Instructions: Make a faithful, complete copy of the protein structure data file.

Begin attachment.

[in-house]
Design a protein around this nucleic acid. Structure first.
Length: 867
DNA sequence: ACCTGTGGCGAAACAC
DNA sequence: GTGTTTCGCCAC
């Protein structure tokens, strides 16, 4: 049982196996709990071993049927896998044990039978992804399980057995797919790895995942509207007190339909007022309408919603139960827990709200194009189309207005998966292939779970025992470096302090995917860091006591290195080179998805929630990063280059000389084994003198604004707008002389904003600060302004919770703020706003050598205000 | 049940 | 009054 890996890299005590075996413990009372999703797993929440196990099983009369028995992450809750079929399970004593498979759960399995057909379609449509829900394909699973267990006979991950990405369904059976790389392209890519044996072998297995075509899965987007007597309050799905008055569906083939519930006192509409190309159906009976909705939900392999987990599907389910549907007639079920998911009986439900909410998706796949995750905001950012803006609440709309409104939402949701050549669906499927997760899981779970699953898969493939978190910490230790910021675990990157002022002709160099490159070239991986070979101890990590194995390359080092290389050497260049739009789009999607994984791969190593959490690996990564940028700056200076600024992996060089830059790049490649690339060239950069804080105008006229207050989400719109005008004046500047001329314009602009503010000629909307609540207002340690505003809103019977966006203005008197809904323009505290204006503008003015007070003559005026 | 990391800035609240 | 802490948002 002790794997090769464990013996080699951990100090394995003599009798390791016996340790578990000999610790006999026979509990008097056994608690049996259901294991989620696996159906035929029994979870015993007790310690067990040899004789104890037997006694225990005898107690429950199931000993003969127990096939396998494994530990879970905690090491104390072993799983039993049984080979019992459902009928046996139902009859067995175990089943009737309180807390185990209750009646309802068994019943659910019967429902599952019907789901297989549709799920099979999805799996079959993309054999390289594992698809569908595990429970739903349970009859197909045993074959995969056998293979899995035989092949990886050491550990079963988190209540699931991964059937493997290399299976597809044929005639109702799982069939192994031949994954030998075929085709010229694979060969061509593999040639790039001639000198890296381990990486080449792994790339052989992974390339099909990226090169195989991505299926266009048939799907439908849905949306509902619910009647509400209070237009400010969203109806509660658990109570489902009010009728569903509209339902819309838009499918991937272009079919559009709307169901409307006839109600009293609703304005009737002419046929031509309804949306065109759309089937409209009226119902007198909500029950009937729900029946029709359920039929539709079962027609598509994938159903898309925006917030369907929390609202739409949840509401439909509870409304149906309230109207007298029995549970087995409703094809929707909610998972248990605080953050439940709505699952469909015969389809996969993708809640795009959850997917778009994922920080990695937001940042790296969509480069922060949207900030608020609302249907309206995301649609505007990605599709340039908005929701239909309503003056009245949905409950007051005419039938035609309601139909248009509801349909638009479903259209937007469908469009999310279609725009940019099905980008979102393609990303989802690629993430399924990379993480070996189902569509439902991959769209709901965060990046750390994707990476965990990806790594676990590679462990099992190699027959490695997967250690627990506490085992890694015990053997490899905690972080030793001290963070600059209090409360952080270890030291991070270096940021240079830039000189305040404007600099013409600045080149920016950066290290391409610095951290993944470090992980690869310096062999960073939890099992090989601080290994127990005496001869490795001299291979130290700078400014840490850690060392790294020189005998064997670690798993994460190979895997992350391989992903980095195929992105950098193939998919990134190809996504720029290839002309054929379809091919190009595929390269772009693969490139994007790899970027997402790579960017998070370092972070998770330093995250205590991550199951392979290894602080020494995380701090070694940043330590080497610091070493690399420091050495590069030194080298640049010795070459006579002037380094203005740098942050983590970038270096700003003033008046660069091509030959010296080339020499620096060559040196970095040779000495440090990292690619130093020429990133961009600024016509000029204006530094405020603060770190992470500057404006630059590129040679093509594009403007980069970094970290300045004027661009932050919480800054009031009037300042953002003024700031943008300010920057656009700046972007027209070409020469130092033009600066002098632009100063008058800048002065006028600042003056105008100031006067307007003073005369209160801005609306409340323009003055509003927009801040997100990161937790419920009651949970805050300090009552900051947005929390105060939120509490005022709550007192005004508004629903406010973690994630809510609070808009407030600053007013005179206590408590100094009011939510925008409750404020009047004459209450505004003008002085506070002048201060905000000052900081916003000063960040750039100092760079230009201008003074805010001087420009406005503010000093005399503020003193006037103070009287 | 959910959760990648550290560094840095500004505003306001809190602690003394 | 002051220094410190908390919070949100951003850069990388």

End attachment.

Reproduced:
[in-house]
Design a protein around this nucleic acid. Structure first.
Length: 867
DNA sequence: ACCTGTGGCGAAACAC
DNA sequence: GTGTTTCGCCAC
């Protein structure tokens, strides 16, 4: 049982196996709990071993049927896998044990039978992804399980057995797919790895995942509207007190339909007022309408919603139960827990709200194009189309207005998966292939779970025992470096302090995917860091006591290195080179998805929630990063280059000389084994003198604004707008002389904003600060302004919770703020706003050598205000 | 049940 | 009054 890996890299005590075996413990009372999703797993929440196990099983009369028995992450809750079929399970004593498979759960399995057909379609449509829900394909699973267990006979991950990405369904059976790389392209890519044996072998297995075509899965987007007597309050799905008055569906083939519930006192509409190309159906009976909705939900392999987990599907389910549907007639079920998911009986439900909410998706796949995750905001950012803006609440709309409104939402949701050549669906499927997760899981779970699953898969493939978190910490230790910021675990990157002022002709160099490159070239991986070979101890990590194995390359080092290389050497260049739009789009999607994984791969190593959490690996990564940028700056200076600024992996060089830059790049490649690339060239950069804080105008006229207050989400719109005008004046500047001329314009602009503010000629909307609540207002340690505003809103019977966006203005008197809904323009505290204006503008003015007070003559005026 | 990391800035609240 | 802490948002 002790794997090769464990013996080699951990100090394995003599009798390791016996340790578990000999610790006999026979509990008097056994608690049996259901294991989620696996159906035929029994979870015993007790310690067990040899004789104890037997006694225990005898107690429950199931000993003969127990096939396998494994530990879970905690090491104390072993799983039993049984080979019992459902009928046996139902009859067995175990089943009737309180807390185990209750009646309802068994019943659910019967429902599952019907789901297989549709799920099979999805799996079959993309054999390289594992698809569908595990429970739903349970009859197909045993074959995969056998293979899995035989092949990886050491550990079963988190209540699931991964059937493997290399299976597809044929005639109702799982069939192994031949994954030998075929085709010229694979060969061509593999040639790039001639000198890296381990990486080449792994790339052989992974390339099909990226090169195989991505299926266009048939799907439908849905949306509902619910009647509400209070237009400010969203109806509660658990109570489902009010009728569903509209339902819309838009499918991937272009079919559009709307169901409307006839109600009293609703304005009737002419046929031509309804949306065109759309089937409209009226119902007198909500029950009937729900029946029709359920039929539709079962027609598509994938159903898309925006917030369907929390609202739409949840509401439909509870409304149906309230109207007298029995549970087995409703094809929707909610998972248990605080953050439940709505699952469909015969389809996969993708809640795009959850997917778009994922920080990695937001940042790296969509480069922060949207900030608020609302249907309206995301649609505007990605599709340039908005929701239909309503003056009245949905409950007051005419039938035609309601139909248009509801349909638009479903259209937007469908469009999310279609725009940019099905980008979102393609990303989802690629993430399924990379993480070996189902569509439902991959769209709901965060990046750390994707990476965990990806790594676990590679462990099992190699027959490695997967250690627990506490085992890694015990053997490899905690972080030793001290963070600059209090409360952080270890030291991070270096940021240079830039000189305040404007600099013409600045080149920016950066290290391409610095951290993944470090992980690869310096062999960073939890099992090989601080290994127990005496001869490795001299291979130290700078400014840490850690060392790294020189005998064997670690798993994460190979895997992350391989992903980095195929992105950098193939998919990134190809996504720029290839002309054929379809091919190009595929390269772009693969490139994007790899970027997402790579960017998070370092972070998770330093995250205590991550199951392979290894602080020494995380701090070694940043330590080497610091070493690399420091050495590069030194080298640049010795070459006579002037380094203005740098942050983590970038270096700003003033008046660069091509030959010296080339020499620096060559040196970095040779000495440090990292690619130093020429990133961009600024016509000029204006530094405020603060770190992470500057404006630059590129040679093509594009403007980069970094970290300045004027661009932050919480800054009031009037300042953002003024700031943008300010920057656009700046972007027209070409020469130092033009600066002098632009100063008058800048002065006028600042003056105008100031006067307007003073005369209160801005609306409340323009003055509003927009801040997100990161937790419920009651949970805050300090009552900051947005929390105060939120509490005022709550007192005004508004629903406010973690994630809510609070808009407030600053007013005179206590408590100094009011939510925008409750404020009047004459209450505004003008002085506070002048201060905000000052900081916003000063960040750039100092760079230009201008003074805010001087420009406005503010000093005399503020003193006037103070009287 | 959910959760990648550290560094840095500004505003306001809190602690003394 | 002051220094410190908390919070949100951003850069990388």